6. As with the tobacco industry, there has to be a ‘moderation’ movement, to prevent further cracking down, yet allowing for ‘social’ puffers to be good about maintaining control.

    I wouldn’t put it past him to be representing those monied interests ready to move into corporate marijuana production, but through a gradualist framework administered through the states. It’d be the best of both worlds, lucratively — higher margins in the illegal states, but enhanced marketing and quality control, in the legal ones. Sorta like Coors Beer in the 70s — the scarcity (and perceived naughtiness), not quality, drives the market.

    And ‘seeks to rise above America’s culture war over pot,’ my shiny metal ass — and coupling ‘culture war’ with ‘knee-jerk liberal’ is tres-shady optics, especially when that combo bespeaks a hard-right influence — especially when it’s the right-libertarians that champion legalization to the point of mania.


  7. Piggy hypocrisy. If you’re white you can enjoy marijuana and other drugs (Adderall, anyone?) with few hassles; if you’re black, law enforcement will often throw the book at you. Li’l Kennedy has got to know that.

    The former rep must be dreaming of another election. Could be looking for a pseudo-contrarian issue–many liberals or suspected liberals seem to want one–to show how independent he is, without threatening privileges of druggy friends and druggy self.


  8. Patrick Kennedy’s opinion really doesn’t matter. By the way, he is entitled to believe in whatever he wants. Societies are in the business of forbidding. No meat on Friday, no pork or alcohol, kosher food. Prohibition, cannot cut of the label on the mattress.

    The terribly costly unsuccessful war on drugs
    destroys lives, kills people and wastes money. Our society uses it to outcast, mainly, people of color but others too. Public health in a country that doesn’t believe in universal health care is cruel joke.


  9. There is also a huge industry built around the idea of “pot addiction,” and the concept of pot as a gateway drug. It taps into the substantial sums available inparents’ health insurance policies for residential treatment for kids — which I can tell you first hand are mostly a shuck. Those that provide real psychiatric care are really expensive and beyond the reach of most people.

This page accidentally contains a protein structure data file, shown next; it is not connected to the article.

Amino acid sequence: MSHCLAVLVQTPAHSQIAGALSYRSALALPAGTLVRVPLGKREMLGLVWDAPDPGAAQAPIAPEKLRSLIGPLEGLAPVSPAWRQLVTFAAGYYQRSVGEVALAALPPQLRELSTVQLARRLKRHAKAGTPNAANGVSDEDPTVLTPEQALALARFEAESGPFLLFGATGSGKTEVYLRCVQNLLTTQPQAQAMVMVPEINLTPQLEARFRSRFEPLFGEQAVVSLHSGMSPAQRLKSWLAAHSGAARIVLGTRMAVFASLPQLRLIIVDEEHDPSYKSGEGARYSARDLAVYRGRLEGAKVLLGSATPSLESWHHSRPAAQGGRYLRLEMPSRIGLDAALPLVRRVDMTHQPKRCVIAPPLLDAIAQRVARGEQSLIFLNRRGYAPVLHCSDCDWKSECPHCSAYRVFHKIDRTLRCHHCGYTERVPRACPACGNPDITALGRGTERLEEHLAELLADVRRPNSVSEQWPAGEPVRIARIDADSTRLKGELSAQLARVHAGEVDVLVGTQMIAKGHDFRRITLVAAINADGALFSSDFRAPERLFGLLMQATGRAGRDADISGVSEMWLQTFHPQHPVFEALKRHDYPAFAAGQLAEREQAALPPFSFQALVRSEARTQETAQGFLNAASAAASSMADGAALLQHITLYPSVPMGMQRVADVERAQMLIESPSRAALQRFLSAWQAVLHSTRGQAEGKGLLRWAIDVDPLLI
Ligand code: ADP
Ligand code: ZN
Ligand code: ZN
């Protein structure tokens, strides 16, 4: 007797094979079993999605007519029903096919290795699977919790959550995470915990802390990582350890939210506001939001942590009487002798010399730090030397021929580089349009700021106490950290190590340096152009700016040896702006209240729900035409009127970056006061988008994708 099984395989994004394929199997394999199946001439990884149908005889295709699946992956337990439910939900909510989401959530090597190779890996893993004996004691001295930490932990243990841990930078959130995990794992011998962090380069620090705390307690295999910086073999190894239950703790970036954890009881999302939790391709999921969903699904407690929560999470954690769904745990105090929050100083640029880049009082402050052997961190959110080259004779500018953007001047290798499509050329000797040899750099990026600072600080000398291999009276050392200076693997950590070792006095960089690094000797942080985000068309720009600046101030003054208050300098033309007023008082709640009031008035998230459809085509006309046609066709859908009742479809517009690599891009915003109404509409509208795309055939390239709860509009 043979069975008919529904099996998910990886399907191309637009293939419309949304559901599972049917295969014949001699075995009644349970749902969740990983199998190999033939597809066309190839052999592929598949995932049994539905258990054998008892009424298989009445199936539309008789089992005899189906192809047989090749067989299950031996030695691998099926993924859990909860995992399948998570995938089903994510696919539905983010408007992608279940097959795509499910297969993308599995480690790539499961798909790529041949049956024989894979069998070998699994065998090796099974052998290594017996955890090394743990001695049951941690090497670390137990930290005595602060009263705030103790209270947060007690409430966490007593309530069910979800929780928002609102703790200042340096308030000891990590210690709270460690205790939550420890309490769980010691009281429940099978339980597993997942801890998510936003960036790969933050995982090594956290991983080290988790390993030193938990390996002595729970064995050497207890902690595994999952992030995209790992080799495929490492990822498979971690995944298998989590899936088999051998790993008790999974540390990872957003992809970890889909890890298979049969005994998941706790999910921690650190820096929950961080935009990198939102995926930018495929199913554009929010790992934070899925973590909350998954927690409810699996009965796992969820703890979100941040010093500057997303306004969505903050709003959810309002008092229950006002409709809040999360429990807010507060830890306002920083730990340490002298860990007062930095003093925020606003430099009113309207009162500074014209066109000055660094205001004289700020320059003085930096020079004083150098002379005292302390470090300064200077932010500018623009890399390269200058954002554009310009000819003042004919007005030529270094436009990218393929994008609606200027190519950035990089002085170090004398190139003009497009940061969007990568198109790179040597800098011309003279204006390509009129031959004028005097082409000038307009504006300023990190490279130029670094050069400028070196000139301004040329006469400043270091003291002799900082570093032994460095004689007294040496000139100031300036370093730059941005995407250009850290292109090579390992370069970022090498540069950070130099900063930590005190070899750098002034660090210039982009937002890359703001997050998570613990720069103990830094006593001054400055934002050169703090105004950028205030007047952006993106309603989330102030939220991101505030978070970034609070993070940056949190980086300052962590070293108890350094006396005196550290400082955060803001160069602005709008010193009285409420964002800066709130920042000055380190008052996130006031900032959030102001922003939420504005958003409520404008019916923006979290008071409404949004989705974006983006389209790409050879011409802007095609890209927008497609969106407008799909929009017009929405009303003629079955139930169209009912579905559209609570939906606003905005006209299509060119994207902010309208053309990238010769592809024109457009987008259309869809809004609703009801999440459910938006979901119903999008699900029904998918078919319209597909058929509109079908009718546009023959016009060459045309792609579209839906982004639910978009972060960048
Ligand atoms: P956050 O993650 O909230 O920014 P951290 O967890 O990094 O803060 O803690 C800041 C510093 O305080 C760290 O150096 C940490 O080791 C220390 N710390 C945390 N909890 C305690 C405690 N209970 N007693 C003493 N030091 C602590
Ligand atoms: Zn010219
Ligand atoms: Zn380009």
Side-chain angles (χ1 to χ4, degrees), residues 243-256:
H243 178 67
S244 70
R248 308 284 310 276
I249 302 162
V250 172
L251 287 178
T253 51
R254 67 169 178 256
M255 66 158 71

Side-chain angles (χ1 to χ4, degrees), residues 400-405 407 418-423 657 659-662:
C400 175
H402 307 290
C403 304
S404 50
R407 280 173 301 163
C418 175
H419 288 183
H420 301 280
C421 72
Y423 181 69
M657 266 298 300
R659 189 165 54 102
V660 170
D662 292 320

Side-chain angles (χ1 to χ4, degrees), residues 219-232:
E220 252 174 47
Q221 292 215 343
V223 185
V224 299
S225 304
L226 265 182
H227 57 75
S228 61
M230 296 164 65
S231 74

10. Marijuana is a public health issue because if it’s legalized, everybody who lives in an apartment building will be forced to smell the smoke of their neighbors.

    Do we want more people–more asthma sufferers, more senior citizens, more children–to be inhaling others’ smoke every day? All apartments/condos have common air flow.


  11. Yeah, but that’s true of cigarette smoke too, Shelley. I think it stinks (literally), but I don’t think that’s a reason to continue criminalizing pot.

    I’ve never been a pot smoker, so correct me if I’m wrong, but I don’t think most people smoke pot all day long, whereas cigarette smokers do in fact smoke throughout the day. Pot is for most people one or two shared joints a week, far from the equivalent of a 1/2 or full pack a day of cigarettes.


  12. Even here in Louisiana, which is not healthy and full of cigarette smokers, the vaporizer is really big and pot smoking does not necessarily lead to worse things like nicotine addiction.


  13. Indyanna pretty much describes the way a lot of mj dispenseries in California operate. Cutesy strain names, promotional items (free joint with purchase!) and even a (heavily armored) vending machine are all real things.

    I would rather live near stoners than chain smokers. Tobacco smoke lasts much longer and clings to everything. You know someone smokes tobacco in their home once you walk into it, but unless the smoke is fresh, I don’t notice anything like that in stoner homes.

    One of the things that does annoy me are the empty green plastic bottles I find strewn about. Usually along with empty cheetos flaming hot bags and gatorade bottles. Were there no weed bottles to throw on the ground, I’m sure the other garbage components would remain.


  14. I don’t oppose decriminalizing marijuana, but I think there is good reason to treat use as a public health issue as has been done with cigarettes and alcohol. There are legitimate medical uses for marijuana but like any drug there are significant health risks as well. My fear is that as marijuana becomes a commodity like tobacco, we will see it being promoted as “healthy” for everyone at any time (like those cigarette ads from the early twentieth century with doctors endorsing the health benefits of various brands)


  15. KC–that’s a good point. The medical application will lend itself to more plausible marketing for “health” reasons.

    I will probably still continue to abstain, even here in green Colorado. (At least until I have cancer or glaucoma!)